|Founded by:||Vito Corleone |
|Territory:||New York, New Jersey, Atlantic City, Philadelphia, Boston, Chicago, Cleveland, Detroit, Milwaukee, New Orleans, Tampa, Miami, Los Angeles, San Francisco, Kansas City, Las Vegas, Reno, Buffalo, Havana|
|Criminal activities:||Labor racketeering, illegal gambling, drug trafficking|
|Allies:||Five Families, Roth syndicate, Murder, Inc., Teamsters, Indelicato clan|
Comprising of the Dons of the most powerful Mafia families, the Commission is usually summoned to settle disputes and to approve new members, caporegimes or bosses. Only the Commission can decide to remove a Don from power, although many unauthorised cases have passed.
In 1948, after the murder of Vito Corleone's son Sonny, a meeting was held in order to broker a peace between the warring Corleone and Tattaglia families. Emilio Barzini presided over the meeting and acted as a mediator. At the meeting, Vito realized that the other New York dons had secretly aligned themselves with Emilio Barzini in order to force the Corleone family into sharing its political protection with the rest of the Commission, which was involved in a burgeoning drug trade that Vito was opposed to. Vito reluctantly agreed to share his political influence to protect the drug trade, thus avoiding further bloodshed and ending the Five Families War.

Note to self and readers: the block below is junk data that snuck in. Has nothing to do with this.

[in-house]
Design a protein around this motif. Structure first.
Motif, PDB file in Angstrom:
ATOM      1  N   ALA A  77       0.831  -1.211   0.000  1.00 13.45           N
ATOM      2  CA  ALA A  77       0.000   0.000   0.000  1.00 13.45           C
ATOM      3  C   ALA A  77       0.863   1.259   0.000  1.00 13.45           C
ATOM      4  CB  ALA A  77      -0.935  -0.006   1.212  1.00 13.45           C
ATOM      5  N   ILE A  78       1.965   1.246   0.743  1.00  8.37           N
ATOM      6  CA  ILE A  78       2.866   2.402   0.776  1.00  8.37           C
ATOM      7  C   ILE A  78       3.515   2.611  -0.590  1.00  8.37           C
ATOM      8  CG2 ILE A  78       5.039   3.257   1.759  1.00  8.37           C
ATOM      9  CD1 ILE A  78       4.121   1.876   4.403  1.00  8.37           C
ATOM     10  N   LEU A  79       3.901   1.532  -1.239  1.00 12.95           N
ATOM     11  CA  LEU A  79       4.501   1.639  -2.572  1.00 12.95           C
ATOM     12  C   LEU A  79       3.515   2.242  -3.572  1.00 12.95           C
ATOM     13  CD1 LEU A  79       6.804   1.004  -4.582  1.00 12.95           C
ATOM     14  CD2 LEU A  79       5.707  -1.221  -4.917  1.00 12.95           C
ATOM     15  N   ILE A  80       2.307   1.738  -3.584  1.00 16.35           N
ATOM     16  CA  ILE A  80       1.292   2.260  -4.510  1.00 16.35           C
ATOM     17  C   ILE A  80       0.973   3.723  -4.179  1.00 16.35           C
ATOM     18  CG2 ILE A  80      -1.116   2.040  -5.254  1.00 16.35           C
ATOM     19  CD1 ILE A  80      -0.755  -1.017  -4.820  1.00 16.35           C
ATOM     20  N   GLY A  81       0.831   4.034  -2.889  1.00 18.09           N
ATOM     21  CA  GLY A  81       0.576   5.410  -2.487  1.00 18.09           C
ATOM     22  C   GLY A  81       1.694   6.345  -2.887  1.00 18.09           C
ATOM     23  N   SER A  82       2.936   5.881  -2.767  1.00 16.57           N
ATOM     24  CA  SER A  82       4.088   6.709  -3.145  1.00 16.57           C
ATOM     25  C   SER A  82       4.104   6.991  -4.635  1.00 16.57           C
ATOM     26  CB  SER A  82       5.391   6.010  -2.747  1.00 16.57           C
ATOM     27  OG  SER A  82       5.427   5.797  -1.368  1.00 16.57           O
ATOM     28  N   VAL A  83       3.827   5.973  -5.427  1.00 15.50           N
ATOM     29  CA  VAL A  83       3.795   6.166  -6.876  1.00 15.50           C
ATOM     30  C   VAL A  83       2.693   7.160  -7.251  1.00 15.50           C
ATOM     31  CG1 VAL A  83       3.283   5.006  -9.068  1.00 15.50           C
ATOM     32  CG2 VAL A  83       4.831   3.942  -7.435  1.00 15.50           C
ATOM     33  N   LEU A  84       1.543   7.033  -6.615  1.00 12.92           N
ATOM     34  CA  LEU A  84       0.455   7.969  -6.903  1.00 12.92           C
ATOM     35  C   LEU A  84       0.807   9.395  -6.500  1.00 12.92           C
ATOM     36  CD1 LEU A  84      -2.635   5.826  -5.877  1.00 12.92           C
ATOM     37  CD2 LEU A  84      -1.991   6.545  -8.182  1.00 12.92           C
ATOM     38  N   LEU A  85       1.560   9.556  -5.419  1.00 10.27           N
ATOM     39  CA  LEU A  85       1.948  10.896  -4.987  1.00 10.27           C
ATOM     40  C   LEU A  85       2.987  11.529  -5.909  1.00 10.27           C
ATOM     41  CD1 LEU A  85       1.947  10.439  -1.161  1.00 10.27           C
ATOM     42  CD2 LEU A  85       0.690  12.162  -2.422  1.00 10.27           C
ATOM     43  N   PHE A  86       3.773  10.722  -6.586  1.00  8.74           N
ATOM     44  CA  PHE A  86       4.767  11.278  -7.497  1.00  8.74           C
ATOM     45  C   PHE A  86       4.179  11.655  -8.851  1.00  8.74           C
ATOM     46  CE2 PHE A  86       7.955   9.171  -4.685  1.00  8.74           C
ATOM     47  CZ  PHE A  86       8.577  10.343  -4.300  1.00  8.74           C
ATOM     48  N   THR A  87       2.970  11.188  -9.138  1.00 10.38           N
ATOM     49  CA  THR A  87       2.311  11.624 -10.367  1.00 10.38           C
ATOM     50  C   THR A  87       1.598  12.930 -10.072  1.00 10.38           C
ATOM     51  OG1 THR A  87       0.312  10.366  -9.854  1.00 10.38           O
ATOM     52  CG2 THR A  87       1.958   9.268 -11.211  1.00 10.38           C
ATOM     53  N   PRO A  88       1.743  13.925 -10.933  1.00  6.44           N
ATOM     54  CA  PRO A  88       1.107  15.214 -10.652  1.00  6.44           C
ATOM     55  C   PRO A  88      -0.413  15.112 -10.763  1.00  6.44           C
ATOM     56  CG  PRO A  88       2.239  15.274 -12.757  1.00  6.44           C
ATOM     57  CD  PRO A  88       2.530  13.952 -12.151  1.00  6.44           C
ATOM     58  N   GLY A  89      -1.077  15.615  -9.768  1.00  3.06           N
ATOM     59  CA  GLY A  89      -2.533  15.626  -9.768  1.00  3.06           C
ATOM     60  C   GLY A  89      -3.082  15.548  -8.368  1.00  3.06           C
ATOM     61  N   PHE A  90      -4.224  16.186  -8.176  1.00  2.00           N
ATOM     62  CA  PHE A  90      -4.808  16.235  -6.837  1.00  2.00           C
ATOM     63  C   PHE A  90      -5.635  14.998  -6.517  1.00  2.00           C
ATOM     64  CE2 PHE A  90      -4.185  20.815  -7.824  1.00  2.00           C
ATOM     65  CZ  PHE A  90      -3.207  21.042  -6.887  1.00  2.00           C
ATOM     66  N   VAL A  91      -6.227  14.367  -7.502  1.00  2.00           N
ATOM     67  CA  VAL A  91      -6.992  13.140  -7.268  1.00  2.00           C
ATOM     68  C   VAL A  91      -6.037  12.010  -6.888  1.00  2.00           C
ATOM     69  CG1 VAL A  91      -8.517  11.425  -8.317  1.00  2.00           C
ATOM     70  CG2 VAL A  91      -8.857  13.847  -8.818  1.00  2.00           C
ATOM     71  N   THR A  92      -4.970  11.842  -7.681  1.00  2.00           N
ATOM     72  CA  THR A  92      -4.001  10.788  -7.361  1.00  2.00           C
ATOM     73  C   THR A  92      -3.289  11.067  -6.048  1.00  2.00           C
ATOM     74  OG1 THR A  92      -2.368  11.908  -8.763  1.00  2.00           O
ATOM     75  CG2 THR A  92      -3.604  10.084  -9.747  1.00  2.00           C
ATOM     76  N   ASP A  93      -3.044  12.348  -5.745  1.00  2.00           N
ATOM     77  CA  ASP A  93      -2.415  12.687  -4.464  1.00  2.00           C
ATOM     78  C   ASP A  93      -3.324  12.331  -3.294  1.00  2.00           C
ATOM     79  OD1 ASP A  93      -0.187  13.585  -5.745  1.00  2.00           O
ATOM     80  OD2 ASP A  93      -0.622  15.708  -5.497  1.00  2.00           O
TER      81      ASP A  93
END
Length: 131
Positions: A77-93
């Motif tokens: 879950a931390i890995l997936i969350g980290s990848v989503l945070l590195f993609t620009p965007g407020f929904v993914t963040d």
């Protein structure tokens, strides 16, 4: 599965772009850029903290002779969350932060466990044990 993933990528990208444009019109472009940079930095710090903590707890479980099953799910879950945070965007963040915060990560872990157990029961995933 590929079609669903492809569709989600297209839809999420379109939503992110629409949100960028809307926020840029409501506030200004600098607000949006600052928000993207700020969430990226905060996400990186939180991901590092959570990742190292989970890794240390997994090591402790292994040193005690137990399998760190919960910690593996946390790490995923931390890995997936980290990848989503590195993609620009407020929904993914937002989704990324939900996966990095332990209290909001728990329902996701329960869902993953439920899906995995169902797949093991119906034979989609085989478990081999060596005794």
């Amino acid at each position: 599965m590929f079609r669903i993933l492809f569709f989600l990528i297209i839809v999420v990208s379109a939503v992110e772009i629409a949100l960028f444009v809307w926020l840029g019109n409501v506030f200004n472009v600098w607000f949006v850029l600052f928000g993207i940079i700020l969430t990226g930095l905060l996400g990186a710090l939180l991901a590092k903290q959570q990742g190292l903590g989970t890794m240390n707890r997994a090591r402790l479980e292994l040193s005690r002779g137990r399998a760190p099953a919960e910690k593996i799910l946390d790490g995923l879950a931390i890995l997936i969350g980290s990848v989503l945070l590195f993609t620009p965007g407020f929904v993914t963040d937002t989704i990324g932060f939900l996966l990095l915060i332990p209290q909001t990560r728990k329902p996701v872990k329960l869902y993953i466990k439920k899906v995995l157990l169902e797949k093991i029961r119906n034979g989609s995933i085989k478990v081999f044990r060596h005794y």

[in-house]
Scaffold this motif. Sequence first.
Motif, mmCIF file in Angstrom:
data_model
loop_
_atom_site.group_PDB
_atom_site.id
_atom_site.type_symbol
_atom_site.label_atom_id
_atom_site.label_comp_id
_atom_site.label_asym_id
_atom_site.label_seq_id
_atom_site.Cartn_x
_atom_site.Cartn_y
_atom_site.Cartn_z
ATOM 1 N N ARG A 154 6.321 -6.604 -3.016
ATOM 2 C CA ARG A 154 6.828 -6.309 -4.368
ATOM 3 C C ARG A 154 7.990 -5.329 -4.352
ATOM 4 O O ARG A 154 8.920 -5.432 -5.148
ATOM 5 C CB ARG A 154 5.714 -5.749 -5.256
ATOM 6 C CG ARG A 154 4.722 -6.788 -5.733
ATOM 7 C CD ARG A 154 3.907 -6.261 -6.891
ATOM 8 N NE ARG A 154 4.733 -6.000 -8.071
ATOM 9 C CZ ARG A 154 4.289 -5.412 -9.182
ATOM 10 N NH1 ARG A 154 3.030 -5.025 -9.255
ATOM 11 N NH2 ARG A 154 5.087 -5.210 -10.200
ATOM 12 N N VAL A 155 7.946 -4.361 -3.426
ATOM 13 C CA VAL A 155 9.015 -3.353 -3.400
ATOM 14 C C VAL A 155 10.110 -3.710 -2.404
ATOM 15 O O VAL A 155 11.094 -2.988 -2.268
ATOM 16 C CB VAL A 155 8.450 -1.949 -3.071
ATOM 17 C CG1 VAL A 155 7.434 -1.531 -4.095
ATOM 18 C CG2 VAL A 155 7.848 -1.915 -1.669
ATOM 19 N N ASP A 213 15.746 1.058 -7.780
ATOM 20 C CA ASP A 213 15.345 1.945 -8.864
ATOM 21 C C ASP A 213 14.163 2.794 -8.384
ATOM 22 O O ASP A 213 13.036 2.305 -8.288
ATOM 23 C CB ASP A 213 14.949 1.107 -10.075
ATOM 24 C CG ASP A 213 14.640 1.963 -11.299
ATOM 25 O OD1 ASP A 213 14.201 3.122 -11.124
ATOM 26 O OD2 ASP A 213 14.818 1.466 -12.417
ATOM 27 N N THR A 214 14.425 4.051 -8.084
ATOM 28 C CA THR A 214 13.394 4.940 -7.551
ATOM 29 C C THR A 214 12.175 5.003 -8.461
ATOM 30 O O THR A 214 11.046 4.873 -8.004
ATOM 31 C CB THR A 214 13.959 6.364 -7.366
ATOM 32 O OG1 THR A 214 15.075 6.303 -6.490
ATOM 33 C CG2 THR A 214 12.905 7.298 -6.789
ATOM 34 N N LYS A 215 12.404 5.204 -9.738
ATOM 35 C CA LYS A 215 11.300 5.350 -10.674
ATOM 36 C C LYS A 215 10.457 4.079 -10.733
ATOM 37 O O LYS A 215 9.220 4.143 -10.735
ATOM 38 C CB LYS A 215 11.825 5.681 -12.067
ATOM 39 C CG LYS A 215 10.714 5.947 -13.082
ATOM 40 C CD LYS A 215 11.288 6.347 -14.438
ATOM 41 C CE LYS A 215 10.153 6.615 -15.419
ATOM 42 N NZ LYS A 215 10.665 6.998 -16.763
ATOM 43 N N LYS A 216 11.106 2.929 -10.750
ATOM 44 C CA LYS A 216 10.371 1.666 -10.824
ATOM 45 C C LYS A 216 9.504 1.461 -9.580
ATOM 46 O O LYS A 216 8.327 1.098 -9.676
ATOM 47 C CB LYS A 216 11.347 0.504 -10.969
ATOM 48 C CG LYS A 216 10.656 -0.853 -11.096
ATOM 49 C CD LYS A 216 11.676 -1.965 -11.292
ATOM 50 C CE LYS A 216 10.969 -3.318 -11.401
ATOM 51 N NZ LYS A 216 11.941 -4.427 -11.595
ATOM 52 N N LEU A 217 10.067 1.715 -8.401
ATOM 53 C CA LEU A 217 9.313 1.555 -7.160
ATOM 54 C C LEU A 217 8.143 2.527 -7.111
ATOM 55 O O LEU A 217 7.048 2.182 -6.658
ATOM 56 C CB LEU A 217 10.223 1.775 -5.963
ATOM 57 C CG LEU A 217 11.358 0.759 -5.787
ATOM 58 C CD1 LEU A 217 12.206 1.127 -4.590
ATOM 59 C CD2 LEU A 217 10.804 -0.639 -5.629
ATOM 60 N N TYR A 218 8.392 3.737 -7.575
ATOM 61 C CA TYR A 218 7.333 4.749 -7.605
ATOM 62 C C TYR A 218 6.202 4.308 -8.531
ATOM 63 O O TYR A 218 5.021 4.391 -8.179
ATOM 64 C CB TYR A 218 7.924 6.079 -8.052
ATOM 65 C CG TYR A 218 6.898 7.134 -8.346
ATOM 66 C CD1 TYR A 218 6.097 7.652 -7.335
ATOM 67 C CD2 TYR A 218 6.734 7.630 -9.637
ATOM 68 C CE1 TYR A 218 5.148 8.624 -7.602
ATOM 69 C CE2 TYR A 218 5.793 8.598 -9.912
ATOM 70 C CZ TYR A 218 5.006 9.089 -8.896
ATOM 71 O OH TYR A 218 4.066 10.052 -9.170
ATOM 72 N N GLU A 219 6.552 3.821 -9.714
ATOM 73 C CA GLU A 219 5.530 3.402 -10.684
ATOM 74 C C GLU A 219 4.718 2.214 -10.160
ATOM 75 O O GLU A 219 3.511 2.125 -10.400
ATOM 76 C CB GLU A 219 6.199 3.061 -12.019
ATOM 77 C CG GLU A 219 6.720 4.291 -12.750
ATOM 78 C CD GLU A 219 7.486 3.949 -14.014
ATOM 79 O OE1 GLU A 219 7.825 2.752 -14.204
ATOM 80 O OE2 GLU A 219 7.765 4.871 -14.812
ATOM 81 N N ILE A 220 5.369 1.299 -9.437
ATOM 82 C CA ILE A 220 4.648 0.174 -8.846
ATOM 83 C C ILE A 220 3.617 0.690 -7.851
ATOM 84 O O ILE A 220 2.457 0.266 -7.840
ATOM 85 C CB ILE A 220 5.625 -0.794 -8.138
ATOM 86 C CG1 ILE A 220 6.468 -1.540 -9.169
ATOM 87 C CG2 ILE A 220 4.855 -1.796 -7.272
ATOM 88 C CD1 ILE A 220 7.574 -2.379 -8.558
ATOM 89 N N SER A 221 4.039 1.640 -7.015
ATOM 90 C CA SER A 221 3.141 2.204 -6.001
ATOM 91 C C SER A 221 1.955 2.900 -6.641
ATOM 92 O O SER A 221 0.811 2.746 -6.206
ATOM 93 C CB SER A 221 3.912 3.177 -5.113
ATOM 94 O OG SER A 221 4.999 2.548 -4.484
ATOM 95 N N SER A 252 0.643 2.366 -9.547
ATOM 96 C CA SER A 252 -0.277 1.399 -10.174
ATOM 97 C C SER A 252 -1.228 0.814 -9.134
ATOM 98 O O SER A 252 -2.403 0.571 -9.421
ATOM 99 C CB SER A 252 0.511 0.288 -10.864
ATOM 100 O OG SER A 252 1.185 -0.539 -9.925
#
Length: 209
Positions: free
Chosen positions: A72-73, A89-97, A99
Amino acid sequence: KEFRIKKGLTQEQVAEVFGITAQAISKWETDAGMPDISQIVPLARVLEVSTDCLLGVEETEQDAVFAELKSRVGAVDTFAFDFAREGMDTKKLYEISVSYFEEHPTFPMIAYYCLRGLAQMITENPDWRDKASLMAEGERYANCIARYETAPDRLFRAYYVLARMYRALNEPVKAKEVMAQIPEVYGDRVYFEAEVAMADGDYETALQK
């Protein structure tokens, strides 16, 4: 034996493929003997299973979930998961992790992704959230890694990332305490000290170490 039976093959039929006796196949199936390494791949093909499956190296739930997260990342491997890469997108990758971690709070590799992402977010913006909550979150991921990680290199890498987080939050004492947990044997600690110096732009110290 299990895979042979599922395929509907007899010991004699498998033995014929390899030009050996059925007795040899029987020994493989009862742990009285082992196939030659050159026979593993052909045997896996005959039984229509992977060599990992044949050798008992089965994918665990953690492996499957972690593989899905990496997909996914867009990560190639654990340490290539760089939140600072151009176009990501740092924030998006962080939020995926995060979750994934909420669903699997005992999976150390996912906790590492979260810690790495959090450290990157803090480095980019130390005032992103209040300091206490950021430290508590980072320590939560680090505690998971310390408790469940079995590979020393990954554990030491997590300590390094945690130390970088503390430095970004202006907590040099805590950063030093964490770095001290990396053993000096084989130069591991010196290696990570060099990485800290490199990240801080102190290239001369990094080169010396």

In 1955, Vito's youngest son and successor, Michael, exacted revenge by having Barzini, Philip Tattaglia, Victor Stracci, and Carmine Cuneo assassinated in dramatic fashion, effectively wiping out the Commission and consolidating the now-hegemonic power of the Corleone family.
By the 1970s, the Commission had reformed while the Corleone family had receded from criminal activity in an effort to become "legit" through corporate endeavors. Michael still appeared to exercise de facto control over the body, as he was personally responsible for blocking Joey Zasa's progress through the Commission.
In 1979, Zasa organized a helicopter raid during a Commission meeting in Atlantic City, sparing only a few lucky men, his benefactor Don Altobello and Michael Corleone, who escaped just in time. However, it later became known that the person who was trying to kill Michael was in fact his long-term ally, Don Altobello, who had requested for that particular meeting in the first place.
Historical leadership of the CommissionEdit
Chairman of the CommissionEdit
- 1934-1945 — Vito Corleone
- 1948-1955 — Emilio Barzini
- 1955-1970s — Michael Corleone
- 1970s-1979 — Don Altobello
The original CommissionEdit
The reformed CommissionEdit
Notes and referencesEdit